As described above, home backup generators are permanent systems that kick on automatically in the event of a blackout. It is unnecessary to worry about whether or not your generator is ready for the next outage since these sophisticated machines are programmed to activate even in the absence of electricity and to test and self-diagnose continuously. Propane, the fuel source for home backup generators, is more secure than gasoline for long-term storage.

Natural gas from your gas line may be used to power these appliances, providing an endless supply. These generators may cost anywhere from $6,000 to $11,000, not including installation. They can produce anything from 5,000 to 520,000 watts.

Portable power generators

Thanks to the device's namesake, there's no mistaking what a portable generator's intended use is. There is a wide range of power and size for portable generators. Depending on their size and power, these generators will cost anywhere from $500 to $2,000.

Carbon monoxide emissions from portable generators may be fatal in confined places. Thus they should never be used inside or near air conditioners or open windows. Standard gasoline is the fuel of choice for portable generators because it is cheap and readily available, although it is difficult to store for extended periods of time.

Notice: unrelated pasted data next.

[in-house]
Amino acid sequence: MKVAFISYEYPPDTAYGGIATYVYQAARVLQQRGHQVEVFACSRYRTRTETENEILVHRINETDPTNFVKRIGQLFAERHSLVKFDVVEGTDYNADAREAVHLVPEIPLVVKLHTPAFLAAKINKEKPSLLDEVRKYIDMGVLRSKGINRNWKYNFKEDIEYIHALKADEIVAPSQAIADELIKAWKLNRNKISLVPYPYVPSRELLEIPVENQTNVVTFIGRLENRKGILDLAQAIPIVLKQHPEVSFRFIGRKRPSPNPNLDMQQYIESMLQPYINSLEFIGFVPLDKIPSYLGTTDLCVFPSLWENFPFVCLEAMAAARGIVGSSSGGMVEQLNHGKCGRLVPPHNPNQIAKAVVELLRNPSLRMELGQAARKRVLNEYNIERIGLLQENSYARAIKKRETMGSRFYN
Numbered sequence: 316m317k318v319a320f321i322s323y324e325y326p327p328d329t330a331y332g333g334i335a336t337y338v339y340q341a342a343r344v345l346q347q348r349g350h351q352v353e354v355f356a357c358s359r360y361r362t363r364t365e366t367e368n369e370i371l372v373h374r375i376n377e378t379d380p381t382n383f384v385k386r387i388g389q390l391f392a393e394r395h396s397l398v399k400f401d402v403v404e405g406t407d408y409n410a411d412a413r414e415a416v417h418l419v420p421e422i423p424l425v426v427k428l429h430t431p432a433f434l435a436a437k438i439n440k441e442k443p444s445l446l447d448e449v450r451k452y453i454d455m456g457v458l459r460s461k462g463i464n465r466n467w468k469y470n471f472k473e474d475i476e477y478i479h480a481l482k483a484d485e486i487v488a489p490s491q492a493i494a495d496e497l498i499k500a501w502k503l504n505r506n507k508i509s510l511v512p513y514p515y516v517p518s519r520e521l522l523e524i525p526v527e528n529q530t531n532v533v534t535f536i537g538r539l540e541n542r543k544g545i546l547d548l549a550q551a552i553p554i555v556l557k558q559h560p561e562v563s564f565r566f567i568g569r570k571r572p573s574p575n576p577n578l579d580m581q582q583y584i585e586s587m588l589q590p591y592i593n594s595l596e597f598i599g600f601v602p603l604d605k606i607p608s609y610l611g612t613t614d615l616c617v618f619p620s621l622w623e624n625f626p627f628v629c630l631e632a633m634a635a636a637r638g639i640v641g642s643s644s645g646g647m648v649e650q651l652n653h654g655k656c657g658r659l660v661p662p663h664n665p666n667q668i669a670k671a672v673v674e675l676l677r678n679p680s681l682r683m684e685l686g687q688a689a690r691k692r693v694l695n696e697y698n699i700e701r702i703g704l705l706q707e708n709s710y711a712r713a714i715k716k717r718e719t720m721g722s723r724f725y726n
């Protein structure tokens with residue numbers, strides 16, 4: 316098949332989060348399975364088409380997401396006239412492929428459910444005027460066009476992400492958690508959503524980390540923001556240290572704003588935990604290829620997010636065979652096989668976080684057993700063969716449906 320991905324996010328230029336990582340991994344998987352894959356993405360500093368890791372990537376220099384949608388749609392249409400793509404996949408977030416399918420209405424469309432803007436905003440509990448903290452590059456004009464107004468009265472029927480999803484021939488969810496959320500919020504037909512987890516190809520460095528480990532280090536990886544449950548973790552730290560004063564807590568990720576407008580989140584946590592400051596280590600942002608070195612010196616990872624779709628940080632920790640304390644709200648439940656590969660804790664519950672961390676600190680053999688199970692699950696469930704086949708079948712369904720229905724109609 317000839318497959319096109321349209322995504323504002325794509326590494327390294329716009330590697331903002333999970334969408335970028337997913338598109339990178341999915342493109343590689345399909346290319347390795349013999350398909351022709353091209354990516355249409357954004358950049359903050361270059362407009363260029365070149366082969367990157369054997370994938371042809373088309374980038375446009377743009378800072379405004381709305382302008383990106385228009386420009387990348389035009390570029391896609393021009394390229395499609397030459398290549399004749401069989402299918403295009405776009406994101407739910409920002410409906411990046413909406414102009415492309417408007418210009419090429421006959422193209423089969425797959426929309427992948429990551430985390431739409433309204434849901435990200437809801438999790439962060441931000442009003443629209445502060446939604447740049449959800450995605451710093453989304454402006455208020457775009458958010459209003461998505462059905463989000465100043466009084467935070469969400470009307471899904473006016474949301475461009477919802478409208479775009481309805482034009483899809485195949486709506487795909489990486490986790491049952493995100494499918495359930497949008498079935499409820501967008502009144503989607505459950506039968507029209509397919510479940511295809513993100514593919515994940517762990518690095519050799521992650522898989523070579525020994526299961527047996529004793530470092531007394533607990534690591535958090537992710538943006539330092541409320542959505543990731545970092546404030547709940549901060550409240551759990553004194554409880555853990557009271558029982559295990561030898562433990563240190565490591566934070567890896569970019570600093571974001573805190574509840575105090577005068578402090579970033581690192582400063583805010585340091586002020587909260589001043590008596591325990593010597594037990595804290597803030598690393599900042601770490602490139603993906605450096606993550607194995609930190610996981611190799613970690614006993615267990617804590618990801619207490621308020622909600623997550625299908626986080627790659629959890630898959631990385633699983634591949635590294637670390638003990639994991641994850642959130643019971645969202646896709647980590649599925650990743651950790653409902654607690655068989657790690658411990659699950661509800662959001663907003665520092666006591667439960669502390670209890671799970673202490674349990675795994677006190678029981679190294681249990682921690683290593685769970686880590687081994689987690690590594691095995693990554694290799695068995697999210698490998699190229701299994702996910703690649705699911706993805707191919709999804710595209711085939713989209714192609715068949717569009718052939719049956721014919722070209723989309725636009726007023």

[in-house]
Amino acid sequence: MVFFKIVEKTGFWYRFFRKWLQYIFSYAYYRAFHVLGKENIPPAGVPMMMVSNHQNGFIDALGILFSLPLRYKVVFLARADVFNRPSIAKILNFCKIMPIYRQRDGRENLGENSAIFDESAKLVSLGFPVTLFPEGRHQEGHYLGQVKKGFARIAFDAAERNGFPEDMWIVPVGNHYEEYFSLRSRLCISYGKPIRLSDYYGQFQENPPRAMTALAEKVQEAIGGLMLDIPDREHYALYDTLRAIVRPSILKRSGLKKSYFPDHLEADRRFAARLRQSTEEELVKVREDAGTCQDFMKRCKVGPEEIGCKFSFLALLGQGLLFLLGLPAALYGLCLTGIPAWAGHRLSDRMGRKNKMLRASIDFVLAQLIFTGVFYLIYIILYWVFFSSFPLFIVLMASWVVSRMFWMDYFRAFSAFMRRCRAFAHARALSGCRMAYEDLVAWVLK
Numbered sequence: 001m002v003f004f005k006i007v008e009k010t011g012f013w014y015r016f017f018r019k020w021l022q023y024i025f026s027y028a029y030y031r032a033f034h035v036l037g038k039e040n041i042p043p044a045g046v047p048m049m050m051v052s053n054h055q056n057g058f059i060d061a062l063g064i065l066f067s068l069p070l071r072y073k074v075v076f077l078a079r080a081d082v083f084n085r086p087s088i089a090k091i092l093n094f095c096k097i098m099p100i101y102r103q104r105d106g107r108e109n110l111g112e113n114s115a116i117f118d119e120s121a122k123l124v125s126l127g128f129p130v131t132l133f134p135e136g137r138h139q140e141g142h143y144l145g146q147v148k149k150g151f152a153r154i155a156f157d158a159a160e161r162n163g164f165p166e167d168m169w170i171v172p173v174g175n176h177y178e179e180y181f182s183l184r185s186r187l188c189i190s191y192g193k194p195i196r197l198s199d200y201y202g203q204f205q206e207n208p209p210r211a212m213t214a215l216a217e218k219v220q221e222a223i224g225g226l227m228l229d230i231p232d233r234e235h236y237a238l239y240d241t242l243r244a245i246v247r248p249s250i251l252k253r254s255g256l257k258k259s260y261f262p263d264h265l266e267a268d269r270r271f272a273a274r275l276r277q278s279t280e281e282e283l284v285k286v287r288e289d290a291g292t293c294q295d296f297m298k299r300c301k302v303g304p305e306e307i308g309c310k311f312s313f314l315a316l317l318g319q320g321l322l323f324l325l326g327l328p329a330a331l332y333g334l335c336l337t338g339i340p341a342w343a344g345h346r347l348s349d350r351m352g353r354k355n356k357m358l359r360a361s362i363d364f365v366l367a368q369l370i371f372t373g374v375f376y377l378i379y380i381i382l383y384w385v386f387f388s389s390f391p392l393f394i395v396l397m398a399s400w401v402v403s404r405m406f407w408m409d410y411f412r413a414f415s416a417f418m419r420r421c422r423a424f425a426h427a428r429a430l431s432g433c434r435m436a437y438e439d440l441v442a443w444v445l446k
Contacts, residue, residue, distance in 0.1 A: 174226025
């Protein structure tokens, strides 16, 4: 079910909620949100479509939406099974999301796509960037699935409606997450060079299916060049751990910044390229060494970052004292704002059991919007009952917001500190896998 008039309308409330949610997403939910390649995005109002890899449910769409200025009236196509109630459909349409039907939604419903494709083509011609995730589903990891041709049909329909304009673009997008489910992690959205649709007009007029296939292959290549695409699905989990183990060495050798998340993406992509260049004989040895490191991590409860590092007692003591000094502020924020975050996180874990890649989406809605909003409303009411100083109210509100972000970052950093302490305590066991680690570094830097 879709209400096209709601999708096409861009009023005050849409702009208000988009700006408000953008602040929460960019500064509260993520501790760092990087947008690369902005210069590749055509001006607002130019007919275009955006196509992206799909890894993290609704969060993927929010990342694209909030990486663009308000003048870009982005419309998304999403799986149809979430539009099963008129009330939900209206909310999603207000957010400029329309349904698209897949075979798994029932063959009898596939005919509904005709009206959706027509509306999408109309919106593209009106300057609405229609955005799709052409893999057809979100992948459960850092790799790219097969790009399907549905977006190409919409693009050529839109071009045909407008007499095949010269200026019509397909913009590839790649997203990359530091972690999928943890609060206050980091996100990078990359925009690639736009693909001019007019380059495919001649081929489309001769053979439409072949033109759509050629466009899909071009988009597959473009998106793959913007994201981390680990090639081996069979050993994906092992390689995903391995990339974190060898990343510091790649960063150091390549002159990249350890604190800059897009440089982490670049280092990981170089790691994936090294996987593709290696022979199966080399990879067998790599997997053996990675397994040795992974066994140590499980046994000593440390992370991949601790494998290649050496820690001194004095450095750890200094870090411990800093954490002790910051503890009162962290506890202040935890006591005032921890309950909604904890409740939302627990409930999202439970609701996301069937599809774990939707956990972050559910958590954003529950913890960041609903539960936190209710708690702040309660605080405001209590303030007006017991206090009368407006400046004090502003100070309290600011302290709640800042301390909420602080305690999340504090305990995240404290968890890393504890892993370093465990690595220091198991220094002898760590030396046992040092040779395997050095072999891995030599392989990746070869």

Affirmative: Inverter-Based Power Sources

Power output-wise, inverter generators are comparable to conventional portable generators, but they use a fraction of the fuel. They tend to be less noisy and less polluting. However, the pricing is greater because of these extras, with most models going for between $1,400 and $4,000. Due to its capacity to automatically throttle up or down to fit the power demand rather than operating at full intensity all the time, inverter generators may be significantly quieter than portable generators.

These units include smarter exhaust systems that are meant to reduce noise levels.

Power Generators That Can Be Moved Around

A more recent addition to the market, portable power stations, is made feasible by the decreasing cost of high-capacity batteries. Instead of using fossil fuels like propane or gas, these generators may be charged with the standard household current or solar panels. Because they don't release harmful byproducts, portable power stations are safe to use anywhere, even within a house or apartment.

Portable power stations have one key drawback: their cost per watt is sometimes much greater than that of standard portable generators. It may be challenging to utilize these power stations for an extended period of time during a blackout since they must be charged by plug-in or solar. Portable power stations are an excellent alternative for tailgating and providing electricity to essential gadgets and appliances during a temporary blackout.